This game is a modified version of a game called “Beetle.”
The original game is a lot of fun, and people seem to really enjoy it, however it requires two staff to play, and is a very fast paced, competitive game. This is great for some residents in long term care, but can be stressful for others.
I created this modified version that is more inclusive for players who are not able to move quickly, and it can be played with one staff, rather that two.
1 x Dice
1 x Large dry erase board and dry erase marker or large paper and marker
How To Play:
Residents gather around the table.
On the dry erase board, the staff member will draw a grid of large squares, equal to the number of players.
Squares should be large enough for a players name in the top part of the square, and to draw a bug in the center that will be large enough for the player to see it from where they are seated.
Add one player name per square, and leave the rest of the square blank.
In order for a person to be the winner of this game, they must be the first one to complete a ‘Bug’.
Players will take turns rolling the dice, one at a time. (Only one roll per player, per turn)
Each player can only start their bug once they’ve rolled a six.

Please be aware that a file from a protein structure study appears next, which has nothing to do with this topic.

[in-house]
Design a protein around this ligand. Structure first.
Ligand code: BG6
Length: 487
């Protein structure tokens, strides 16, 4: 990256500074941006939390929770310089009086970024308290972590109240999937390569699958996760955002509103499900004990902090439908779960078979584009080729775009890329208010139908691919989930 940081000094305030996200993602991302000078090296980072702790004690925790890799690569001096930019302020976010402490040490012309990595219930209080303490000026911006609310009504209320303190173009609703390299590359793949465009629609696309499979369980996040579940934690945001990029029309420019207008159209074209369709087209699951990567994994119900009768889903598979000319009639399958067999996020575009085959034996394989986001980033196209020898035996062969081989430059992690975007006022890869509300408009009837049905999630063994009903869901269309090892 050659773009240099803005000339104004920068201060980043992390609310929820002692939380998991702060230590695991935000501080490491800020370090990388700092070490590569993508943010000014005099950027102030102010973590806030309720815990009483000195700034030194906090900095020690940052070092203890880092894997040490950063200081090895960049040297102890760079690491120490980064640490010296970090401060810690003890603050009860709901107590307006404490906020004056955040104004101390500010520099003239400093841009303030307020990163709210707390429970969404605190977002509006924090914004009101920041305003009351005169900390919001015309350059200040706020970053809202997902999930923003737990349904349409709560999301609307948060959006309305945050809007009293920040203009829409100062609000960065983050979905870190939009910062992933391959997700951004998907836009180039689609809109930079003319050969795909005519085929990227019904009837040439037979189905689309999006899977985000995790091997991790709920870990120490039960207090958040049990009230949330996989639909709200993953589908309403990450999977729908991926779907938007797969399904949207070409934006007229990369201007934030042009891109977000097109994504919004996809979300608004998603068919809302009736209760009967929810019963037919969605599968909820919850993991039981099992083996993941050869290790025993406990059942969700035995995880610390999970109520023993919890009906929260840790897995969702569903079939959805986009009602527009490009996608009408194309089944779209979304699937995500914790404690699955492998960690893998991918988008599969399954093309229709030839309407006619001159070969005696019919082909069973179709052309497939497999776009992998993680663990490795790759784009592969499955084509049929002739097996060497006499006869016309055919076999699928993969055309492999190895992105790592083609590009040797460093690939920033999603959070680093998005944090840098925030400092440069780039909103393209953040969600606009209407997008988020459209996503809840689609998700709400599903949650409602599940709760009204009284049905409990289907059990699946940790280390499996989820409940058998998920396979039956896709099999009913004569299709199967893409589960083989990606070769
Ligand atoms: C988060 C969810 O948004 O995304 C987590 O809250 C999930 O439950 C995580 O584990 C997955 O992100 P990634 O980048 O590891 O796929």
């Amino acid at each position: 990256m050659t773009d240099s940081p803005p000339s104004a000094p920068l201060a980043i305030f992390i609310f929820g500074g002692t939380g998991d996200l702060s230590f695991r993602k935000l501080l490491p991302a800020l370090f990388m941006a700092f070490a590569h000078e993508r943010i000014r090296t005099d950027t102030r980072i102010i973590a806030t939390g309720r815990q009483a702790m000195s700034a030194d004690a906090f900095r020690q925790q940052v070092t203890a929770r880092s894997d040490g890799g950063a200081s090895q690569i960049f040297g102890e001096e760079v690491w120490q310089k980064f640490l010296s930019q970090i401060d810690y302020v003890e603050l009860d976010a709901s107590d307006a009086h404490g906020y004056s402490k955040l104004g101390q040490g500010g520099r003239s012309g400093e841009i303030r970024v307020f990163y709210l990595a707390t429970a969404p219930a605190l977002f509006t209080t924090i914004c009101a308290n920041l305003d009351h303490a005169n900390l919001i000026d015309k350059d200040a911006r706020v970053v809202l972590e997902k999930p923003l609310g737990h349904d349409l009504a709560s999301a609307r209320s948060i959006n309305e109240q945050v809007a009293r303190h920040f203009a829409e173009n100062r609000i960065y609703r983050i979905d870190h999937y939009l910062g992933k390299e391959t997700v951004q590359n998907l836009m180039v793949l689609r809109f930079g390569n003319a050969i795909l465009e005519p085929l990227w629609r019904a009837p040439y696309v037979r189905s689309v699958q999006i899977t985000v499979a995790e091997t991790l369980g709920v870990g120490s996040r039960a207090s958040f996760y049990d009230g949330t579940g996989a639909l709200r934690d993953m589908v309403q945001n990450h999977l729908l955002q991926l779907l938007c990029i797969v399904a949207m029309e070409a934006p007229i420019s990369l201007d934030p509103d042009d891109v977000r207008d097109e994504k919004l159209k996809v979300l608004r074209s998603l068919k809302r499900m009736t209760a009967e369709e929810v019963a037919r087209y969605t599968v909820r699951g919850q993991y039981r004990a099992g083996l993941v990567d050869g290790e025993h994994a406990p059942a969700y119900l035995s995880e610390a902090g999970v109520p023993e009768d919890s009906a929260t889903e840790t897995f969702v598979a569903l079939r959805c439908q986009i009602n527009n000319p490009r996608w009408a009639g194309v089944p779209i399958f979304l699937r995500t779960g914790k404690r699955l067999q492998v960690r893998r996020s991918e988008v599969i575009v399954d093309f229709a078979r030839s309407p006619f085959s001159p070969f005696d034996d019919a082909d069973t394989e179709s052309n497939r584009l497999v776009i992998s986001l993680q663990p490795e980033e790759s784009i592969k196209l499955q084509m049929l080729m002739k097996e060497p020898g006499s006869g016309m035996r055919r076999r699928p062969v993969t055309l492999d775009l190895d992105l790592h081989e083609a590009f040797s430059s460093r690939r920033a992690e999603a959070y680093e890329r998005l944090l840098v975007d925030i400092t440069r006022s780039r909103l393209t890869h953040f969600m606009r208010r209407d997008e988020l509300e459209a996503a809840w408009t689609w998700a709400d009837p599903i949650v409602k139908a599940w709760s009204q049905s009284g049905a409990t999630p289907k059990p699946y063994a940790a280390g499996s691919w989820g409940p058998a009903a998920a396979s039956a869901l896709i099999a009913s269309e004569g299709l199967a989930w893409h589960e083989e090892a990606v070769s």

Until this happens, all other numbers rolled by the player are unusable.
As the dice makes its way around the table, one roll at a time, some players will be making progress, and adding limbs to their bug, while others will simply take another shot at a six, and then pass the dice to the next player.
Players may end up with completely different outcomes.
A player may roll a six immediately, at which point the staff will draw a circle in the centre of the players square, on the board. This represents the body of their bug.
On the other hand, there may be a player at the end of the round who didn’t roll a six on any of their turns, therefore they were unable to begin their bug at all, and were left with a blank square at the end of the round.
The players who have rolled a six, giving them the body of their bug, are then hoping to roll one of each of the numbers 1-5, in any order, on their upcoming turns. This allows them to add the corresponding body parts to their bug, in hopes of winning the round.
2-upper right leg
3-lower right leg
4-lower left leg
5-upper left leg
If a player rolls a number for which they already have the corresponding body part drawn, their turn is not usable, and the play moves on to the next player.
*If you are playing with a very small group, and find that the rounds are ending too quickly, you can increase the number of bugs that the players must have completed in order to win the round. See chart below…
When playing that multiple bugs must be completed in order to win, you do not need to complete your first beetle before beginning your second. As long as you roll an additional six, your next bug can also be in play.
The great thing about this game, in terms of its use in long term care/memory care, is that any range of players can participate.
The game is purely based off of luck, therefor residents who are lower functioning are at no disadvantage when playing alongside residents who are higher functioning.
This game is fun, easy, and due to the ‘bugs’ being a clear visual representation of how each person is doing compared to the others, it manages to keep the players engaged in the activity for longer periods of time.